Rep. Ed DeLaney, D-Indianapolis, offered an amendment to get Indiana Attorney General Todd Rokita “out of the education business.” (Photo/Indiana House Democrats)

By Marilyn Odendahl

The Indiana Citizen

February 27, 2024

An amendment banning Indiana Attorney General Todd Rokita from operating his Eyes on Education website or any similar online portal failed in the Indiana House on Monday after getting blocked from a vote on procedural grounds.

Rep. Ed DeLaney, D-Indianapolis, offered the amendment to Senate Bill 211, claiming the provision would keep the attorney general “from interfering with our schools.”

The amendment would have required the Indiana Department of Education to take on the task of establishing and maintaining a website with a portal for parents and residents in any school corporation to submit complaints or comments about Indiana schools. Also, the local school board would handle any investigation into complaints against teachers.

“The purpose of this amendment is to establish that the publication and investigation of complaints against classroom material or teachers is (the) territory of the Indiana Department of Education,” DeLaney said in a statement following the failure of his amendment. “Our Attorney General has a habit of expanding his authority into matters that he has no place in. This provision would keep him from interfering with our schools.”

The attorney general’s office did not respond to a request for comment about DeLaney’s amendment.

Launched Feb. 5, the Eyes on Education portal, which can be accessed through the attorney general’s website, allows anyone to anonymously submit “objectionable” classroom materials and school policies from Indiana elementary, middle and high schools as well as colleges and universities. The submissions that have been posted to the website overwhelmingly focus on race and gender identity. Currently, the portal includes posts ascribed to just 13 of the nearly 300 school corporations in the state, mostly in Central Indiana, as well as the Indiana University School of Medicine.

On the website, the attorney general’s office says it will use its “investigative tools” to follow up on any submitted materials that may violate state laws. Also, when the site was unveiled, the attorney general’s office said responses from the schools would be posted, but, to date, nothing from the schools appears on the landing page.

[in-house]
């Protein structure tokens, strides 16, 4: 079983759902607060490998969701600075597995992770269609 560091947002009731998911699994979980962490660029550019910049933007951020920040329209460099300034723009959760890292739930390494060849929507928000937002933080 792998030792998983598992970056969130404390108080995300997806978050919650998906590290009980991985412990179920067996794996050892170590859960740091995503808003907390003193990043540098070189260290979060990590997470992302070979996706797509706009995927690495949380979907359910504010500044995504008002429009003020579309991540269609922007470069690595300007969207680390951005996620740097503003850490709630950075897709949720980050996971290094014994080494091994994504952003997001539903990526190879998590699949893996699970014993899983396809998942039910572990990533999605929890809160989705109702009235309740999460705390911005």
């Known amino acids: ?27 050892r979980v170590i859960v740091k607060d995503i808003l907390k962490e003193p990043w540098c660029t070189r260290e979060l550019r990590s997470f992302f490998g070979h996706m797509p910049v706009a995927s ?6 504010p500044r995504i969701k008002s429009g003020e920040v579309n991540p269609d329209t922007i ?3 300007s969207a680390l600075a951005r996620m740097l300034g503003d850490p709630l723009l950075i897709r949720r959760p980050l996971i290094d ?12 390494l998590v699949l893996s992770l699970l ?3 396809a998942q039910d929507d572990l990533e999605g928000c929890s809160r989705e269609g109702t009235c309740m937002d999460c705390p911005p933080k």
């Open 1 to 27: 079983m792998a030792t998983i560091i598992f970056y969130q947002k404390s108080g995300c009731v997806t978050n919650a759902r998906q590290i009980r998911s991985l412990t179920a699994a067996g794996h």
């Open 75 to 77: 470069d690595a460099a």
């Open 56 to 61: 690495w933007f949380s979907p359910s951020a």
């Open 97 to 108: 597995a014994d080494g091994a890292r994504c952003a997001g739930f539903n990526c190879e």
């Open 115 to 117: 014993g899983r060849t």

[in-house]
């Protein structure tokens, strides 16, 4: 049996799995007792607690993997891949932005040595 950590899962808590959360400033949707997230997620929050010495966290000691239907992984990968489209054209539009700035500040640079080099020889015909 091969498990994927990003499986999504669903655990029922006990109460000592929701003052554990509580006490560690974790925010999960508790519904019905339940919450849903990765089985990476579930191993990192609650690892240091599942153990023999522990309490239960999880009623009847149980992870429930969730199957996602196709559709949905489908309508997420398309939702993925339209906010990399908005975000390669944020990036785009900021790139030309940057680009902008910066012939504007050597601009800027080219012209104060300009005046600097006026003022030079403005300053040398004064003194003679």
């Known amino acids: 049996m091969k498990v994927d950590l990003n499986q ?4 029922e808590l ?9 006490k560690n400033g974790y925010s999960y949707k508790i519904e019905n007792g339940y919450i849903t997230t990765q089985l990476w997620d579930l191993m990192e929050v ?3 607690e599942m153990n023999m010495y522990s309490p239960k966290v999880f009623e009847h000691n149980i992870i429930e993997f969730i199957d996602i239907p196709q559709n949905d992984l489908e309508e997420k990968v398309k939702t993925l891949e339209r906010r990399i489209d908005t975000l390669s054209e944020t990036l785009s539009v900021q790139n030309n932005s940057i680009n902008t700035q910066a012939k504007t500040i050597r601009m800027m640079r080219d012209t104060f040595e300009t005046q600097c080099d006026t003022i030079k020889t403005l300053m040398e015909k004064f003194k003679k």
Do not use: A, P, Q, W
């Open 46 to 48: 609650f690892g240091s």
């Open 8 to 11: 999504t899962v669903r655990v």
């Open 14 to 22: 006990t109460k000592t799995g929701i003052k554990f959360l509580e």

SB 211, which DeLaney tried to attach his amendment to, is an education bill that covers a range of topics. In part, the bill allows schools to include internet safety in its curriculum and enables schools to remove disruptive students from a classroom.

On the House floor, DeLaney described his amendment as “designed to get everybody back on their own turf” and get the attorney general “out of the education business.”

Rep. Ben Smaltz, R-Auburn, successfully challenged DeLaney’s amendment as not being germane to SB 211.

DeLaney’s failed amendment specifically prohibited the attorney general from operating the Eyes on Education portal and from doing any kind of investigating based on a submission through the site.

Instead, the amendment would have required the state Department of Education to establish and maintain a school complaint submission website. The DOE would not investigate but, rather, would forward any complaints or comments to the school corporation.

Then the school corporation would have 30 days to review the submission, investigate and respond.

 “This new ‘Eyes on Education’ website uses taxpayer money to go after teachers for unsubstantiated accusations of ‘spreading woke ideologies.’ Attorney General Rokita’s website puts Hoosier educators smack dab in the middle of yet another culture war and erodes freedom of speech in our public schools,” DeLaney said in the statement.

“The agency responsible for our education system is the Department of Education, not the office of the AG.”

Dwight Adams, a freelance editor and writer based in Indianapolis, edited this article. He is a former content editor, copy editor and digital producer at The Indianapolis Star and, and worked as a planner for other newspapers, including the Louisville Courier Journal.

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